Dadaism comes to videogames in the dark, stealthy Tangiers

Spend some time trying to figure out what people mean when they talk about “dadaism,” and you’re likely to run into the work of Raoul Hausmann. His work, particularly Mechanical Head and ABCD, brought photomontage to Berlin Dada, after all, which became the movement’s most well-known medium. In the Dadaists’ numerous photomontages and assemblages, bits and pieces of the world stuck together to transform into something new, almost tangible. But Dada wasn’t begun because a group of artists thought gluing magazine clippings together would be fun, or even aesthetically pleasing. It grew out of shock at the horrors of World War I and the rejection of logic and reasoning. Nothing these artist saw in the world made sense to them anymore, and so they embraced irrationality. Dada took nonsense and irrationality seriously.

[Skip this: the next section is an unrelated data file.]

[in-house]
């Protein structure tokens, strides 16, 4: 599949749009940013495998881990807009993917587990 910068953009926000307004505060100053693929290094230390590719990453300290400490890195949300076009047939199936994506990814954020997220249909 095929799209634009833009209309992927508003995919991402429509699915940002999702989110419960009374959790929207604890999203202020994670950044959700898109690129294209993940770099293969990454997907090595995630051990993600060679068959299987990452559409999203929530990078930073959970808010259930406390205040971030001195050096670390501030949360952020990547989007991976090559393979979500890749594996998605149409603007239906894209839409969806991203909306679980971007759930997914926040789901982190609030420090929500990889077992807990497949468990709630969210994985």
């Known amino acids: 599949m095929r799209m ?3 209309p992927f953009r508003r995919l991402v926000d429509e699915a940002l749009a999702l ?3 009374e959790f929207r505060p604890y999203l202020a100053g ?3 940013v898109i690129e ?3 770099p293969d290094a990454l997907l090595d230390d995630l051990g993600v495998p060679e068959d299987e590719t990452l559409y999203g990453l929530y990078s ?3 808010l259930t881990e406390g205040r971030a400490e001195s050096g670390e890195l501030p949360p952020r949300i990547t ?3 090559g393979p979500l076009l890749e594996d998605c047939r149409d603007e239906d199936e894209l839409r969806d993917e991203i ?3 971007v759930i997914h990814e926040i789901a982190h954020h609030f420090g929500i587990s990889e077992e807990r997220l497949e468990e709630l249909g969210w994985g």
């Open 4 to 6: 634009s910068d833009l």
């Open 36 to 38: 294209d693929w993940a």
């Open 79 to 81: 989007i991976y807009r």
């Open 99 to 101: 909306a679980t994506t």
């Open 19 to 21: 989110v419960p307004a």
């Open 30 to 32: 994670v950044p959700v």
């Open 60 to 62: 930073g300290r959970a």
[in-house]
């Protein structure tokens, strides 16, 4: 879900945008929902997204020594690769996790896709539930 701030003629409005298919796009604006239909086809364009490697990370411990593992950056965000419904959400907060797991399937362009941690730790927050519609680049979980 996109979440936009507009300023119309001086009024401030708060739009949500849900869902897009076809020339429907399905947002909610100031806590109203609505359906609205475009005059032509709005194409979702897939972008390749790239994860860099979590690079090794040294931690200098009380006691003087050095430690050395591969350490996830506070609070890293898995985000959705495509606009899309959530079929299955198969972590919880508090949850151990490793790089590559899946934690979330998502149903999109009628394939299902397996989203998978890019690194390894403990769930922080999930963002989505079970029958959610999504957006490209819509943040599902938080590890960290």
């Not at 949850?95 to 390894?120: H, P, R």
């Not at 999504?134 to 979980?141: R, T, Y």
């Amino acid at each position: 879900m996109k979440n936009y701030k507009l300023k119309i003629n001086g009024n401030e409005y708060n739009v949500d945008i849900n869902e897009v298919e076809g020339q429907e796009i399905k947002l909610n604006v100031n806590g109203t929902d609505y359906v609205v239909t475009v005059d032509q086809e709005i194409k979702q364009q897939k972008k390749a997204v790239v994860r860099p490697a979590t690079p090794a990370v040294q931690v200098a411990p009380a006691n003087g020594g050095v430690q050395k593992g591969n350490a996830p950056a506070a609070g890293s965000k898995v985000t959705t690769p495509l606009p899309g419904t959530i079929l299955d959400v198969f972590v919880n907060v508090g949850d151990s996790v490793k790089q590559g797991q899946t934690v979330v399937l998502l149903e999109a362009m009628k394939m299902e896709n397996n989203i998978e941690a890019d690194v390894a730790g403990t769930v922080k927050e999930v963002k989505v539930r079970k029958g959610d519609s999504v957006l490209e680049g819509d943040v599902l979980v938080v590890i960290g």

The idea behind the form is to take a collection of other various works, and combine them to create a new whole without completely ripping off the source material. It moved out of the photomontages: William Burroughs’ Naked Lunch embraced a uniquely Dadaist non-linearity in format. It was a collection of fragments, and began what came to be known as his “Cut-Up” period, making use of a technique that was apparently created at a Dadaist rally, when Tristan Tzara decided to create a poem by pulling words out of a hat.

It’s this same combination of seemingly random elements into a cohesive whole that Alex Harvey has been working towards with Tangiers, a disorienting stealth game inspired by a myriad of complicated sources. Dada, Burroughs, Hausmann, Thief, and Dishonored are all present, as well as performance art groups Throbbing Gristle and Cabaret Voltaire. There are references in everything. The shot of the apple-headed person you see in that dark trailer? It’s meant to reference Burroughs’ wife, who he drunkenly killed when trying the William Tell trick. The name of the game itself is an homage to the time Burroughs spent in Tangier, Morocco, and the work he produced there. The city of Tangier has its own history, entangled with international intrigue and mystery. Tangiers brings all of these semi-related threads together and ties them up in a neat, twisted knot of a game.